Months after coming down with the virus, Eleanor Morgan is still struggling with ‘long Covid’. What is it and how can the burden be eased?
One night in early March, I had a fever that reminded me of being a child. My pyjama top stuck to me with sweat, my joints ached and, at some point, the walls looked like they were breathing. The next morning I started coughing and didn’t stop. It was pre-lockdown and, taking pity on me (I live alone in London), a friend in the countryside offered to be nurse. En route, in Paddington Station, I longed to curl up like a cat beside the warmth of the Upper Crust stall. One morning, my friend told me she’d poked her head round the door throughout the night to check I hadn’t coughed my aorta up into the bed.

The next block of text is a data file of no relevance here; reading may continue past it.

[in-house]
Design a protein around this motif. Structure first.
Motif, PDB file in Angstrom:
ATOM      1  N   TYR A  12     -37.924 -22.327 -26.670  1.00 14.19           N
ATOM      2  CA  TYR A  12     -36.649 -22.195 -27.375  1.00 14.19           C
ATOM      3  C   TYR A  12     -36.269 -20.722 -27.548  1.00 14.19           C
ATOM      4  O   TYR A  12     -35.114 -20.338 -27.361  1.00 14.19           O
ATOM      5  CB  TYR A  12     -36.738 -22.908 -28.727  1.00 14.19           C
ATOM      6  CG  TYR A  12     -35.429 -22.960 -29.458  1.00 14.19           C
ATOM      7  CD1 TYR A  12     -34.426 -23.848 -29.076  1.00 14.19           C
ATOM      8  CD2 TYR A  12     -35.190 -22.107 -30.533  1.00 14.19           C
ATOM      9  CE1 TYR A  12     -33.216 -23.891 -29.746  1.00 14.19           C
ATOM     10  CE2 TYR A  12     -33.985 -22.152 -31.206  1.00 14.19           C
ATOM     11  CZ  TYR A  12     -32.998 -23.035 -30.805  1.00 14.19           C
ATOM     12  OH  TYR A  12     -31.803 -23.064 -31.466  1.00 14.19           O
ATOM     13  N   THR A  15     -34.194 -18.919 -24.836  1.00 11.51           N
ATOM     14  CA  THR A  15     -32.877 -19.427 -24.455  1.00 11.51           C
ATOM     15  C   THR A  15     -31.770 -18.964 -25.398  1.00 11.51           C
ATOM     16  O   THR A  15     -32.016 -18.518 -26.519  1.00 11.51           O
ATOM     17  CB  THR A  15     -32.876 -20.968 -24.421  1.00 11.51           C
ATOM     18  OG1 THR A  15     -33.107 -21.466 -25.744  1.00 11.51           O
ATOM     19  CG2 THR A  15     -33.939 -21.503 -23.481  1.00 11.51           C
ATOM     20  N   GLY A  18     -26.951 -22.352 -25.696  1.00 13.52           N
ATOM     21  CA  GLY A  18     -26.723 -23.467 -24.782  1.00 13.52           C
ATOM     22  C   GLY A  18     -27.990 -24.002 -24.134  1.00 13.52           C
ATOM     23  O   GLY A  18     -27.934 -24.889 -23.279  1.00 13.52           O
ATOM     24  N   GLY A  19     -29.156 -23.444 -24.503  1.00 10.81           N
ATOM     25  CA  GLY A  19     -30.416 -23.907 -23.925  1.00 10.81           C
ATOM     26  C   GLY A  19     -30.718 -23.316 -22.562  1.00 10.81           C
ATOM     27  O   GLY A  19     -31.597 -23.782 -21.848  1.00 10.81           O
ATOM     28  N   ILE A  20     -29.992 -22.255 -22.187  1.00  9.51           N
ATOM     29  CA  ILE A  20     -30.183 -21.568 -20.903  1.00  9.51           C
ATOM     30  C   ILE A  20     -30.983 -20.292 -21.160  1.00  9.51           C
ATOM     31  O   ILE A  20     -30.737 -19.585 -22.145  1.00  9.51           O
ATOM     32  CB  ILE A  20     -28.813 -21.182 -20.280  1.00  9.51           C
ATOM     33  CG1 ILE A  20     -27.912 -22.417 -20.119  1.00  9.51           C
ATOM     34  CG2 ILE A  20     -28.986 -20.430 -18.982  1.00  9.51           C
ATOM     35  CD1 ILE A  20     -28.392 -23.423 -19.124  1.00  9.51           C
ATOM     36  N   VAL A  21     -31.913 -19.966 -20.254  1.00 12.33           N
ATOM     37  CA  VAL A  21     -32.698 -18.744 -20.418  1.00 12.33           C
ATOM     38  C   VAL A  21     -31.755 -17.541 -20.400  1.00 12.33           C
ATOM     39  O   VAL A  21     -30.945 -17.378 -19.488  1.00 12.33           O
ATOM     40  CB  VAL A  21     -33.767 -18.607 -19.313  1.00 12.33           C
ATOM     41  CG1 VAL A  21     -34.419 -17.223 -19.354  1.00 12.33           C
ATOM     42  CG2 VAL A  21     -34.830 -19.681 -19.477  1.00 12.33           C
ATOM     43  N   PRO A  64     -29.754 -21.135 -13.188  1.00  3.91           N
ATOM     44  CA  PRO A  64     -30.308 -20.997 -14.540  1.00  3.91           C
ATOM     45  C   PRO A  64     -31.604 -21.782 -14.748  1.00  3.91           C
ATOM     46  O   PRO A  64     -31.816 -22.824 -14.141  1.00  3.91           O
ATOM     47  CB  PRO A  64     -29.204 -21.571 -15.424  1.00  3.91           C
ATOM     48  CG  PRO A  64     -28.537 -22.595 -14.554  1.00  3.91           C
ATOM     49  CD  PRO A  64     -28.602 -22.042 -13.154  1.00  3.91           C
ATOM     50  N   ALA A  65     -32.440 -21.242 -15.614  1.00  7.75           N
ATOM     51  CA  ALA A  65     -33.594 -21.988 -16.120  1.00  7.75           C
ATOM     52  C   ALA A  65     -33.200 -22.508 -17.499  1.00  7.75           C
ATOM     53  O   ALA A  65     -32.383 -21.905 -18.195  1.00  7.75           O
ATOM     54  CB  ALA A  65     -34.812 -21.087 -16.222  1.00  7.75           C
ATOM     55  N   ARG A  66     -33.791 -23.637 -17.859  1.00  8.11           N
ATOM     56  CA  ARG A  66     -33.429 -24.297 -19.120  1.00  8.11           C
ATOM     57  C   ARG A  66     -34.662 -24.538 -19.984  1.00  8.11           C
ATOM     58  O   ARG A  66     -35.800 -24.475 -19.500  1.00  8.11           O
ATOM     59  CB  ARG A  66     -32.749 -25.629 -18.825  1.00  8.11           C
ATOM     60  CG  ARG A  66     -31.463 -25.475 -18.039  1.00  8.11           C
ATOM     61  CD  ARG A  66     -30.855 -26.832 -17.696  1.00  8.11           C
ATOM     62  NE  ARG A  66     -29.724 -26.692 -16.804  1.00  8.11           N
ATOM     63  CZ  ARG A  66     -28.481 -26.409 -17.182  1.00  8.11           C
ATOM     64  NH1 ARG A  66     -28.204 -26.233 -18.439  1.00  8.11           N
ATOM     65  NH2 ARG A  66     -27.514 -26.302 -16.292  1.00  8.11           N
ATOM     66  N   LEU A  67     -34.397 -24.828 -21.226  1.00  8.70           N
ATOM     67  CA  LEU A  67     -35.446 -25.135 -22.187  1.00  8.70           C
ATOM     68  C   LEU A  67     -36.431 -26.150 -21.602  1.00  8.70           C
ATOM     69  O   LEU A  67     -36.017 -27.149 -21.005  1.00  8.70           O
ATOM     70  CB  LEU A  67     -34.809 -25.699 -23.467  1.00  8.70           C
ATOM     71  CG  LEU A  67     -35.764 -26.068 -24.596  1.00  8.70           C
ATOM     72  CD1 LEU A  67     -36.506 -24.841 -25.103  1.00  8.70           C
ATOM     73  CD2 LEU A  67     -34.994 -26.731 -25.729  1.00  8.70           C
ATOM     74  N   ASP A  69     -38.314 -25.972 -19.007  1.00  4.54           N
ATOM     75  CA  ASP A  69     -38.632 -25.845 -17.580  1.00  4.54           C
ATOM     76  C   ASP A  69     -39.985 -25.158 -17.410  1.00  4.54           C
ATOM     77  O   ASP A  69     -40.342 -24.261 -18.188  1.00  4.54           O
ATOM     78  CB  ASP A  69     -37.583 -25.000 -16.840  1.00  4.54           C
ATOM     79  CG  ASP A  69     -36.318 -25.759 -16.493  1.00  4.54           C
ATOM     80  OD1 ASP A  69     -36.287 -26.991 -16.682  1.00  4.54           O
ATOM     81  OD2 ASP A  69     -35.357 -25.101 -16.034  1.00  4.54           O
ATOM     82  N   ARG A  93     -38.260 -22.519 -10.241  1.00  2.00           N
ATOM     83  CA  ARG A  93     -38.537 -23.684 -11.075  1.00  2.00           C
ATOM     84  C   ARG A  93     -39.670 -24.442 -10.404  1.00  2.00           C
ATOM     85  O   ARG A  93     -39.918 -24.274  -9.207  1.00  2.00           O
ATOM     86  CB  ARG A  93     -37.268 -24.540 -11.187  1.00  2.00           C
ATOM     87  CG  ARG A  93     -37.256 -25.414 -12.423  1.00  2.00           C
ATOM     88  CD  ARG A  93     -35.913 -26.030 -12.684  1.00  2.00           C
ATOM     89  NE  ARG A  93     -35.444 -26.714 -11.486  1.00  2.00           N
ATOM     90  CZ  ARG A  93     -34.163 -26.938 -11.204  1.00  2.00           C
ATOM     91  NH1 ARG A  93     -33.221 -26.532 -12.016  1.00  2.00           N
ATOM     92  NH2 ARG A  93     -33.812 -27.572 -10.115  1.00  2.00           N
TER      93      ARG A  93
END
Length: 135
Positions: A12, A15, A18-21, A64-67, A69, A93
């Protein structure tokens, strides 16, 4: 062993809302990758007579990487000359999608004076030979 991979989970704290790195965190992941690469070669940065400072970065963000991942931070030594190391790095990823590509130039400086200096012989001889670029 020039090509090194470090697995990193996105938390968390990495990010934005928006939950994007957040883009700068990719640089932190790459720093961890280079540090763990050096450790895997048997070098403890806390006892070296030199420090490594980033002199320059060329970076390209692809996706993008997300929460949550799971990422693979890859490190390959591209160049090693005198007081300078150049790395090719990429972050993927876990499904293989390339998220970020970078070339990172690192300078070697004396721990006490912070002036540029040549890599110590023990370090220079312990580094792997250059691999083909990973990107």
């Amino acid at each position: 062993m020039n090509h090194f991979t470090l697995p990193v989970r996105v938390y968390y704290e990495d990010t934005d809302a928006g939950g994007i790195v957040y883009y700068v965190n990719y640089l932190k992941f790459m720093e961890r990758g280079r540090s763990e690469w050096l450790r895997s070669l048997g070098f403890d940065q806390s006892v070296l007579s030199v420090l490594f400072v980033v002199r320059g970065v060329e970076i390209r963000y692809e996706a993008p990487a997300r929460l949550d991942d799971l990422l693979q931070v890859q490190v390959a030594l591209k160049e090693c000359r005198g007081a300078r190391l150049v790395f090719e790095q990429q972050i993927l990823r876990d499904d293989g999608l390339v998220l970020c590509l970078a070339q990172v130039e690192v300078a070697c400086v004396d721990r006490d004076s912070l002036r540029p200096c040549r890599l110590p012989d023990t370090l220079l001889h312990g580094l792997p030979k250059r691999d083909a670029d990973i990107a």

Back in London, as lockdown began, unpredictable spells of fatigue started to hit me. Was it Covid? I had no idea; only NHS staff were being tested then. But it didn’t feel like chest infections I’d known. There was a crushing feeling in my chest for weeks, as if my ribs were a pair of bellows being squeezed. Adding to the fun, I’m asthmatic. On two occasions, things felt hairy and I called 111. Each time I was summoned to A&E and given a nebuliser and steroids, which helped dramatically. But March became April, became May and the fatigue remained. Some days, it felt like a possession. I’d walk the dog in the morning then fall asleep on the sofa until 3pm. Eight months on, I still have mild, irregular breathlessness and chest tightness. I have been upgraded to a steroid inhaler that, generously, keeps giving me oral thrush. My GP thinks I may have long Covid.